1. Retrieve the trace ID on the backend side.
  2. Render the trace ID into Instana's JavaScript snippet

Retrieve the trace ID on the backend side

The following subsections explain how to retrieve the trace ID for various languages that Instana supports. These methods work only when the backend process is traced and when a trace exists or is created by the HTTP request.

Retrieving the trace ID in Java

In Java, the backend trace ID is available as a request attribute on incoming HTTP requests. When a backend trace exists or is created, the agent automatically adds the X-INSTANA-T attribute. To retrieve this value within the JavaScript part, use the following command:

// via plain Java Servlet request object (standard API)

Retrieving the backend trace ID in PHP

In PHP, the backend trace ID is available as a value of the $_SERVER array when you are handling incoming HTTP requests. When a backend trace is created or exists, the agent automatically adds the X-INSTANA-T value to that array. To retrieve this value, use the following command:

// via the  $_SERVER superglobal array (standard API)

Retrieving the backend trace ID in Node.js

On installing the Node.js and Node.js collector, the backend trace ID is available as a request header on the incoming HTTP requests. When a backend trace exists or is created, the Node.js collector automatically adds the X-INSTANA-T header. To retrieve this value, use the following command:

// via plain Node.js HTTP request objects (standard API)

// via express.js request objects

Retrieving the backend trace ID in .NET

For .NET web-applications, retrieving the backend trace ID follows the same pattern as in the other languages. Depending on which framework you are using, you need to use different expressions to extract the backend trace ID. The tracer adds the trace ID to the context of the application upon request or response, which you can then extract as follows:

// For ASP.NET WebForms

// For ASP.NET MVC Applications

Retrieving the trace ID in Ruby

The Ruby language agent holds the current tracing context in ::Instana.tracer.context.

Note: The value can be nil if there is no current trace in progress.

::Instana.tracer.context &&  

Retrieving the trace ID in Python

For Python applications, the location of the current trace ID depends on whether you are using a synchronous or asynchronous framework.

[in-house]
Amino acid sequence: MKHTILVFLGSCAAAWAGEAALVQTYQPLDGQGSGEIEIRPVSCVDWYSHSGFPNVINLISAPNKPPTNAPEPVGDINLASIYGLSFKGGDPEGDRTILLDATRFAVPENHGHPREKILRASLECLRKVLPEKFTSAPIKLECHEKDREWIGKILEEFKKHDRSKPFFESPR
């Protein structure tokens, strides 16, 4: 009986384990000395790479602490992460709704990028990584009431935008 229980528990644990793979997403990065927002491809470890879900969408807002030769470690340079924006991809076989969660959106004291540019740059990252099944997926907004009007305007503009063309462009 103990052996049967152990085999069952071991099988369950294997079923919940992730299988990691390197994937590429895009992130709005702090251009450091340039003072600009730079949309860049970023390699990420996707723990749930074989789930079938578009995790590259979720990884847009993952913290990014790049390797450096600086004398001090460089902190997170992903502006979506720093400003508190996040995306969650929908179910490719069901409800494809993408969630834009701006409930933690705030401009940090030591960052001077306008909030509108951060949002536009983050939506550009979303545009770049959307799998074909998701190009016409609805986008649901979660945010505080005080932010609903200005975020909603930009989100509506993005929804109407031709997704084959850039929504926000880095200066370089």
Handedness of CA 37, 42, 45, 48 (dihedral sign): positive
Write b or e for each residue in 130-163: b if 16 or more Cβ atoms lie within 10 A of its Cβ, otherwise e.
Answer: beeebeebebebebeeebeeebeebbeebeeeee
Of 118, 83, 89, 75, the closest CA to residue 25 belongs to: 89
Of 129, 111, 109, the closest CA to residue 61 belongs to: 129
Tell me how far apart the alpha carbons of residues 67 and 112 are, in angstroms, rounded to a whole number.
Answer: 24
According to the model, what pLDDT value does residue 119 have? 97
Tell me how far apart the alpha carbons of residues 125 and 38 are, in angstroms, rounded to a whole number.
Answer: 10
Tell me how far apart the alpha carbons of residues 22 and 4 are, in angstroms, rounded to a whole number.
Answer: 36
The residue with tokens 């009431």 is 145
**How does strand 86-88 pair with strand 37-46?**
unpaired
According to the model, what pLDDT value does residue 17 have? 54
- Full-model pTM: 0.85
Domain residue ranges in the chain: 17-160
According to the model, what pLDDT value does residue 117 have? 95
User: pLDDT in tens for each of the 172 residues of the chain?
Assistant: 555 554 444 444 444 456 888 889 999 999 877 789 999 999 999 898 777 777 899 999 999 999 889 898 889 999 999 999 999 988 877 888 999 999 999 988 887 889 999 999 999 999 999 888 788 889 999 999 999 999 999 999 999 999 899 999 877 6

# Synchronous (Django, Flask etc..)
from instana.singletons import tracer

from instana.singletons import async_tracer as tracer

tracer.active_span and tracer.active_span.context.trace_id

Retrieving the trace ID in Go

For Go applications, the trace ID is available on the current span:

import instana ""

span := opentracing.StartSpan("MySpanName)
spanContext := span.Context().(instana.SpanContext)
traceId := instana.FormatID(spanContext.TraceID)

Add the trace ID to Instana's JavaScript snippet

After you retrieve the trace ID on the server-side, you need to extend Instana's JavaScript snippet with one call to the ineum('traceId', {{TRACE_ID}}); API. This needs to happen on the server-side and commonly done by using template engines, such as Java JSP and Node.js express view engines. The following example shows how to extend Instana's JavaScript snippet with one call to the API with the Mustache template engine. Other template engines can have a different syntax.

  (i[r].q=i[r].q||[]).push(arguments)},i[r].l=1*new Date();a=s.createElement(o),

  // API calls as generated by the Instana user interface

  ineum('traceId', '{{TRACE_ID}}');

Improve the correlation of resource or asset retrievals

A resource or asset retrieval with backend correlation

Backend correlation for resources or assets, such as images, JavaScript, and CSS files, is automatic for:

  • Web browsers that support Server-Timing.
  • Resources or assets that are served from the same origin as the HTML document.

To unlock backend correlation when multiple origins are involved, use the Timing-Allow-Origin response header. This header instructs the timing allow check to expose the data to JavaScript and to the Instana JavaScript agent.

To unlock backend correlation capabilities for the resources that are retrieved from origins different from the origin of the HTML document, see the following screenshot:

Picture explaining cross-origin capable resource or asset retrieval backend correlations.